There is no understanding at all of the simple concept that the consumer chooses the advisor and is the only judge of cost and benefit. The financial services field is “different” fiduciary rule supporters say, and it isn't the market and consumer choice that drives down cost and increases quality, it is the stronghand of government pushing profits down!
Though, this idea of the financial industry being “different” and requiring bending human nature to force the service provider to be the judge of value is actually not different than the grocery store / personal chef model. When every grocery store turns into personal chef services those who could not afford a personal chef before simply won’t eat.
And, intermediate results are not speaking to lower prices. Even robo-advisors are raising fees, and I expect them to further during the next downturn when lawsuits and phone calls overwhelm them. I can't for the life of me understand how these services that claim to be 'fiduciaries' allow investors to set and change their allocations on a daily basis, market skewed and unwise tax strategies, and recommend stock investment for shorter-term time horizons (and recommend emerging market bonds for any time horizon!). I've met and heard from several who have been moved from paying an advisor a 0.25% trail to a 1.25% 'advice' relationship.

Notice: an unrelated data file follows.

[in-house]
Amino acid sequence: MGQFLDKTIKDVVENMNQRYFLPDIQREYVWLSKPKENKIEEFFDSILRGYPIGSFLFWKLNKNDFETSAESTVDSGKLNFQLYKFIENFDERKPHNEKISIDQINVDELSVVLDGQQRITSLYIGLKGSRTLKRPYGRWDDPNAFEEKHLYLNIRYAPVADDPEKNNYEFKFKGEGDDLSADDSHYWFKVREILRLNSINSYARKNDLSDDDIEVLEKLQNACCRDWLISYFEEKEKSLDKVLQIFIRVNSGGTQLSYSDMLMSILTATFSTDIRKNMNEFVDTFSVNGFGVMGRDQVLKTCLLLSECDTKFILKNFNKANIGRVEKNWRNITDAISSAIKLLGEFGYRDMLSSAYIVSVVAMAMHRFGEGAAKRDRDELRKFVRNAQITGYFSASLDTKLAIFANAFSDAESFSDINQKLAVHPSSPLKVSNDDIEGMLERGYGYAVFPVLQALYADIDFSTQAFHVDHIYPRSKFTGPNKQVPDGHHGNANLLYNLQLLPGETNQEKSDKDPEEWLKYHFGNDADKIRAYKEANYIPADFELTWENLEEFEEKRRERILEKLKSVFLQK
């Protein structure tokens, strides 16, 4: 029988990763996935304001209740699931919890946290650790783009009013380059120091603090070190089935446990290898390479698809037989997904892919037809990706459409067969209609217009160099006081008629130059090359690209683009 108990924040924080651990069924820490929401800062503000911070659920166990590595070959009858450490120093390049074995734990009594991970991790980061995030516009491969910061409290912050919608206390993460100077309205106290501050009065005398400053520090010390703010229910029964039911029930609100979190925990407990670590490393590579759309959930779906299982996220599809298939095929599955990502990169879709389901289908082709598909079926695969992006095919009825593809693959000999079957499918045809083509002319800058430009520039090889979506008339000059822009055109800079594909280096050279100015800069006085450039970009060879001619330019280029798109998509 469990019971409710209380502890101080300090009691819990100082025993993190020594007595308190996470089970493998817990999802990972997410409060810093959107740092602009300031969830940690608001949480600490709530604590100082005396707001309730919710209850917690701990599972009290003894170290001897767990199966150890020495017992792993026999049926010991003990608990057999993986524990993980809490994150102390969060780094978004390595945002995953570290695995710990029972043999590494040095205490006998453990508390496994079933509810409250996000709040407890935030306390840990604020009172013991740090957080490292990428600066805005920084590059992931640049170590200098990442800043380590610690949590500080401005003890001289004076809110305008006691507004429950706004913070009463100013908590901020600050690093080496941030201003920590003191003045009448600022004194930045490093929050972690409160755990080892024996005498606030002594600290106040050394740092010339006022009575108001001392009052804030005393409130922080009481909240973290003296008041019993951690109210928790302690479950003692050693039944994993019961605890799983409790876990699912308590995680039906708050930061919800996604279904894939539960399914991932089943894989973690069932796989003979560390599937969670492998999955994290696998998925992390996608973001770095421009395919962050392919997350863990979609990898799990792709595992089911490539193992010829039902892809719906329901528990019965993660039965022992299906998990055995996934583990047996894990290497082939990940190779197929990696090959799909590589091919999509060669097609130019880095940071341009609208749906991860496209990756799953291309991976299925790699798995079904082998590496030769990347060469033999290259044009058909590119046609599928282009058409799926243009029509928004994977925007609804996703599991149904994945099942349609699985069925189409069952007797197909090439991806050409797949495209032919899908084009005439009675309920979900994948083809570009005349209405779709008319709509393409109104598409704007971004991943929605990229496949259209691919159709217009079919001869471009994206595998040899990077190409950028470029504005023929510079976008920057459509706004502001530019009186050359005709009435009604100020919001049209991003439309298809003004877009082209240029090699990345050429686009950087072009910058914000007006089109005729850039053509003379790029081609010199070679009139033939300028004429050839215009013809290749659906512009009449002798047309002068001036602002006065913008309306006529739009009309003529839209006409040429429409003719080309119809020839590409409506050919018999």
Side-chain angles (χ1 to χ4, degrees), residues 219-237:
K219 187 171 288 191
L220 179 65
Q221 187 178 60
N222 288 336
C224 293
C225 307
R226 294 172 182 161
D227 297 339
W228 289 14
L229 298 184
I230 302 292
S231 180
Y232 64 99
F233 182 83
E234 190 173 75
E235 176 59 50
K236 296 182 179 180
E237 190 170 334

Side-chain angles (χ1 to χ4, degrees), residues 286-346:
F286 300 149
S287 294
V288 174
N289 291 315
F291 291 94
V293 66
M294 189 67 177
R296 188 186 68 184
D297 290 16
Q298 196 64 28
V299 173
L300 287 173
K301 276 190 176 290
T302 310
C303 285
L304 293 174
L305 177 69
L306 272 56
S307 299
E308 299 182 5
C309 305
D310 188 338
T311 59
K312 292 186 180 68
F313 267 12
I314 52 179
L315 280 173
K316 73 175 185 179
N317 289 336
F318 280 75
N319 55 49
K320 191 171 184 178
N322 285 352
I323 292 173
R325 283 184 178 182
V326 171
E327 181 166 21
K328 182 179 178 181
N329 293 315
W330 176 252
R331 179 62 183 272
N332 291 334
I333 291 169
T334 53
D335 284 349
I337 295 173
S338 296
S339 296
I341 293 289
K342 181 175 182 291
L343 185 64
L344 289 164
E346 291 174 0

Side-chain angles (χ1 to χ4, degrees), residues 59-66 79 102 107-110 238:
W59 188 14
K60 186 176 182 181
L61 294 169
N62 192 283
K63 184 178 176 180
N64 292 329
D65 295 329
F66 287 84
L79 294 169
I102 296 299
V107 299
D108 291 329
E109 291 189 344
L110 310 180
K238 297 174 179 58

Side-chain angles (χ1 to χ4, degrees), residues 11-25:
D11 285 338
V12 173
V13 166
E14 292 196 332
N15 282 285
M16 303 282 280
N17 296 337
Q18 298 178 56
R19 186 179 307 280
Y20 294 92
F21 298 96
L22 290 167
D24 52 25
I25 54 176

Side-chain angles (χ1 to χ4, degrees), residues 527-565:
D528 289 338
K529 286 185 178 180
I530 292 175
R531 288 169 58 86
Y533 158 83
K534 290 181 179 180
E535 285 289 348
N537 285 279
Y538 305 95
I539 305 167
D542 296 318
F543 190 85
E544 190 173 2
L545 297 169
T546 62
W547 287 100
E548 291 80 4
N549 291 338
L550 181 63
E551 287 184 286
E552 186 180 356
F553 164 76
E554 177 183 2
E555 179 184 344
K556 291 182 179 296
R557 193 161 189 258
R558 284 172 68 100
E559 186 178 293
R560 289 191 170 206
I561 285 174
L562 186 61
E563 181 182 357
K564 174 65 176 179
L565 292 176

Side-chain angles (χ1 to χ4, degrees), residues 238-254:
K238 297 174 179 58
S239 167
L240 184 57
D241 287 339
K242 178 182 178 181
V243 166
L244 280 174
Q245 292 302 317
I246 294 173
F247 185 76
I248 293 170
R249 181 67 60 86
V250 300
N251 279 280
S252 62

The end result will be those same investment firms that The New York Times pretends will lose with this rule are gaining significant market share.